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Saudi Arabia and Pakistan

March 4, 2019

Saudi Arabia and Pakistan

Recent Investment Agreements between Pakistan and Saudi Arabia

 

The bilateral ties between Pakistan and Saudi Arabia have been very strong over the decades with very few disruptions. Historically, the presence of around 2 million Pakistani expatriates living and working in Saudi Arabia, sending remittances back home, has been an important dimension of indirect economic relations between both nations. These ties have recently received a significant boost after the visit of the Saudi Crown prince, Muhammad Bin Salman (MBS), to Pakistan.

This high-level diplomatic visit is set to pave the way for significant Saudi investment in Pakistan. Prior to visiting Pakistan, MBS had already announced that he would invest more than $20 billion in Pakistan in various projects such as petrochemicals, power generation, and mining. The package also includes $3 billion in immediate balance of payments support. The Saudis have also signed a pact with Pakistan to provide the latter with crude oil and other petroleum products on delayed payments to meet its energy needs. Moreover, in what seems to be an attempt to win the hearts and minds of Pakistani people, MBS also announced that more than 2000 Pakistani prisoners incarcerated in Saudi Arabia would soon be released.

 

Scope and Importance of Saudi Investment in Pakistan

The timing of the Saudi investment in Pakistan is momentous. The country has been in the throes of acute economic problems. Pakistan’s already low official foreign exchange reserves have fallen to 7.7 billion dollars, deepening the economic crisis in the country. Ever since he took office, Imran Khan has applied an austerity program while pleading for financial support from friendly nations. Pakistan’s deteriorating economy has recently been downgraded by S & P from B to a B-.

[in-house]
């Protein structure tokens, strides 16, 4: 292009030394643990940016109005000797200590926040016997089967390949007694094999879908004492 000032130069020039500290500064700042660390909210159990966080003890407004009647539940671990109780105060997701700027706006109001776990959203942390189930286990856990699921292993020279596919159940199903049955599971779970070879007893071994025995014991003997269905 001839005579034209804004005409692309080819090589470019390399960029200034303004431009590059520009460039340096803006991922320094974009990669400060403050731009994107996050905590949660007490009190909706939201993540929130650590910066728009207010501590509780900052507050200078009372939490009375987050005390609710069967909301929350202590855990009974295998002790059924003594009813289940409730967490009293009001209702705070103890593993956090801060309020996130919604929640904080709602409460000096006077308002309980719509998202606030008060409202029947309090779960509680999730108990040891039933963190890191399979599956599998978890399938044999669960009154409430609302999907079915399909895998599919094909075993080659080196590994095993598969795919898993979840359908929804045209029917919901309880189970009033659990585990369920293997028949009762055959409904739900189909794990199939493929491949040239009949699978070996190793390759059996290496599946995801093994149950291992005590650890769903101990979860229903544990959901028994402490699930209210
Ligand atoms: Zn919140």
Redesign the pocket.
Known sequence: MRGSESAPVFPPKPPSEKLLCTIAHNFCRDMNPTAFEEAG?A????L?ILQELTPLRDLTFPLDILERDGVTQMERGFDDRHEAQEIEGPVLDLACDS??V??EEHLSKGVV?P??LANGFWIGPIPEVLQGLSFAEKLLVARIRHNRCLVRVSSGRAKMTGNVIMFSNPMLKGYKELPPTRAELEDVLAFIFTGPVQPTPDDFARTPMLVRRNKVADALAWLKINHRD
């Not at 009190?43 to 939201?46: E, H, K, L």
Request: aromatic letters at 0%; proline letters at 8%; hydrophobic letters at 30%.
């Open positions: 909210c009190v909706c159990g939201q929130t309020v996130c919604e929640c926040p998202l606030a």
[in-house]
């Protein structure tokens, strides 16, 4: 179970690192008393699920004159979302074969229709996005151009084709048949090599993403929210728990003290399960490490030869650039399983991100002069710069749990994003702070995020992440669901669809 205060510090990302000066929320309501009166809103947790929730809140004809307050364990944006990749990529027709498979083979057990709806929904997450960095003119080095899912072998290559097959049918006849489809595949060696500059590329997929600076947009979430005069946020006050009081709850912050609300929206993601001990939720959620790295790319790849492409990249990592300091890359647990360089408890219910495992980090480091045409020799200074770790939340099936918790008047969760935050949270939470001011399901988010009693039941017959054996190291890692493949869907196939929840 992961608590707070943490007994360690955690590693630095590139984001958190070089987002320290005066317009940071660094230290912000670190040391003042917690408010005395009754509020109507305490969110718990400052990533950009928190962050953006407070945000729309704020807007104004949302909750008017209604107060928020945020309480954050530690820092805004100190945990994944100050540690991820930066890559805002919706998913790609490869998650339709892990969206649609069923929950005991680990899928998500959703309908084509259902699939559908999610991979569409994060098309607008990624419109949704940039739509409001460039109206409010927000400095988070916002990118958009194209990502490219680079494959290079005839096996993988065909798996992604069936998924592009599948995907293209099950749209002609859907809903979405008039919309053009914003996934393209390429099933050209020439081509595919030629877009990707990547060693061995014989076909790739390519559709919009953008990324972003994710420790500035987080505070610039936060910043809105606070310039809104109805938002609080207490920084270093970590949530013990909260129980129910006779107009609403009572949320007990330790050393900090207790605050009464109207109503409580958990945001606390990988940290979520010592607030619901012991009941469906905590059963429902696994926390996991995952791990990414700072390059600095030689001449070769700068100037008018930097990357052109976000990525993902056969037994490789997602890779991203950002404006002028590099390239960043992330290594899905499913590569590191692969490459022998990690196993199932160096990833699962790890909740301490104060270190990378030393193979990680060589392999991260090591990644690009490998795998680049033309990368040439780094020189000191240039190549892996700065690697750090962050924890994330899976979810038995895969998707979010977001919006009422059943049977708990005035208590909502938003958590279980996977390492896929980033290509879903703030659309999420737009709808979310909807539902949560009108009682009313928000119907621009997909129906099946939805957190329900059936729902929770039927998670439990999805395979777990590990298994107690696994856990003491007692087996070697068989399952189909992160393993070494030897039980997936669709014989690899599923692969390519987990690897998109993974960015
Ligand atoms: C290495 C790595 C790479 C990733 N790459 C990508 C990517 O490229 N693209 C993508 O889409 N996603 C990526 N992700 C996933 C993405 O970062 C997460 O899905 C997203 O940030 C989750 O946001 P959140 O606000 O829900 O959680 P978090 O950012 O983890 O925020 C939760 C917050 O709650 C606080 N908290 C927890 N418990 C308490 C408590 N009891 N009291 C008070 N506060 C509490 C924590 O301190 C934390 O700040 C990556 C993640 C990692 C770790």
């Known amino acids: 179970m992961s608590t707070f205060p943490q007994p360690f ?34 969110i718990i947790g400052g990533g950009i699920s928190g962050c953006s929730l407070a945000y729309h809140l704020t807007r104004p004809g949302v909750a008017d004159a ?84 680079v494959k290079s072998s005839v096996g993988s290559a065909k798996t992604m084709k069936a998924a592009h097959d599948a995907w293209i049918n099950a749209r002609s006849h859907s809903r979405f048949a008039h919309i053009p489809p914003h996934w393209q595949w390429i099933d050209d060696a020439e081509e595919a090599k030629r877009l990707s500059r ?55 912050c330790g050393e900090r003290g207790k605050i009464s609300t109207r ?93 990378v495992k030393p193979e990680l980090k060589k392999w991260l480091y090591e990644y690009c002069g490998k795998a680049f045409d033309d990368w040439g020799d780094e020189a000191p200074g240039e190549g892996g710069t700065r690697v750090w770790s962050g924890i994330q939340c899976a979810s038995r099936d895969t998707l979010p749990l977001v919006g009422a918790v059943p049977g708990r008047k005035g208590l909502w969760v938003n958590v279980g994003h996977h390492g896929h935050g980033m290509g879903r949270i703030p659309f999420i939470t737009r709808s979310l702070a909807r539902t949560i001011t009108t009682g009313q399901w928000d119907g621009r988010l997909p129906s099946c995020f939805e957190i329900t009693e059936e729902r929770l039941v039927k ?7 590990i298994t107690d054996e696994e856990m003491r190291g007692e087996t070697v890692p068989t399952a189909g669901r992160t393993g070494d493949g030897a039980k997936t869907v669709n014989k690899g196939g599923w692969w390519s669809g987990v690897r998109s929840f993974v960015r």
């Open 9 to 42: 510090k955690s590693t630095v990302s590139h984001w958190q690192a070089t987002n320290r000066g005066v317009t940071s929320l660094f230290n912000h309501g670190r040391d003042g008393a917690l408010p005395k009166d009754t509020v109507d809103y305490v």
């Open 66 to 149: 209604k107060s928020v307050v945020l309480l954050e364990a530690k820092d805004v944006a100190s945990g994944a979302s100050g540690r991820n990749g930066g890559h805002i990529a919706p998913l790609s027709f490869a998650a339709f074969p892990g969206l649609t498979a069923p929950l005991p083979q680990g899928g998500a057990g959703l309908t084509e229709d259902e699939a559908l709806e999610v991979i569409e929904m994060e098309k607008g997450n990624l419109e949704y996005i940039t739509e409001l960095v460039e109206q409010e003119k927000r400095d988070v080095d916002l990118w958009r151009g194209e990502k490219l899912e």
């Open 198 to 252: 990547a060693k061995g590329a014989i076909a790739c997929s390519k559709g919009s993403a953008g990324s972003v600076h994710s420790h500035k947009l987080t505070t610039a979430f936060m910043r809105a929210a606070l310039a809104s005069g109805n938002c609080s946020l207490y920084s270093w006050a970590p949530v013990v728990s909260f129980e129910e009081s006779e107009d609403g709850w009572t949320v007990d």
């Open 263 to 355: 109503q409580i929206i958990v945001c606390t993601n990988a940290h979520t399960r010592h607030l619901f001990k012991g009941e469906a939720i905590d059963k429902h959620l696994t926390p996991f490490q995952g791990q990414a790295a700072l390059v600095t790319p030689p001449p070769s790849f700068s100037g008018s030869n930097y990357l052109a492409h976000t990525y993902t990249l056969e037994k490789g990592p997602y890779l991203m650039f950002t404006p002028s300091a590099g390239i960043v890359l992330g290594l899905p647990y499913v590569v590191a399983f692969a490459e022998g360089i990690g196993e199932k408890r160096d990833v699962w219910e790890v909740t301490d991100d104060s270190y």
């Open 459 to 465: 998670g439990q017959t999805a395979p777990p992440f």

The Saudi investment in Pakistan targets the country’s key emerging sectors. Riyadh says it wants to set up a $10 billion oil refinery in Pakistan’s deep-water port of Gwadar with the help of China. The Saudi Energy Minister, Khalid al-Falih, had told a group of reporters earlier in January that Saudi Arabia wanted to make Pakistan’s economic development stable by establishing an oil refinery and partnership with Pakistan in the China-Pakistan Economic Corridor. A potential pipeline from Gwadar to China is likely to cut the oil supply time from the current 40 days to merely 7 days. Beijing has already pledged to channel $62 billion into Pakistan-China economic corridor as part of its “Belt and Road Initiative”. Saudi Arabia has been investing in projects related to refinery development and petrochemicals across the globe in order to secure and sustain long-term buyers.

 

Geopolitical Implications

After tense relations with the West and Middle Eastern countries such as Iran, Turkey and Qatar, the Saudi crown prince has been calculating his steps as he launches his investment drive to the East, engaging  with Pakistan, India, and China. The investment promises in Pakistan comes at a time of heightened tensions between New Delhi and Islamabad. Although Riyadh and Islamabad enjoy deep ties, MBS has chosen to hedge his bilateral relations with India as well. In fact, Saudi Arabia also has also signed major strategic energy deals with New Delhi, where demand for oil is growing fast. In April, the Saudis signed a $44 billion deal to build a huge refinery and petrochemicals complex in India. Moreover, despite the perennial Saudi-Iran rivalry in the Middle East, Saudi Arabia has not reacted to India’s major investments in Iran’s Chabahar port, which is set to be a key supply route between Afghanistan and India, bypassing Pakistan.

Strategic hedging define Saudi investment expansion to the East.

 

Vahid Yucesoy for iStrategic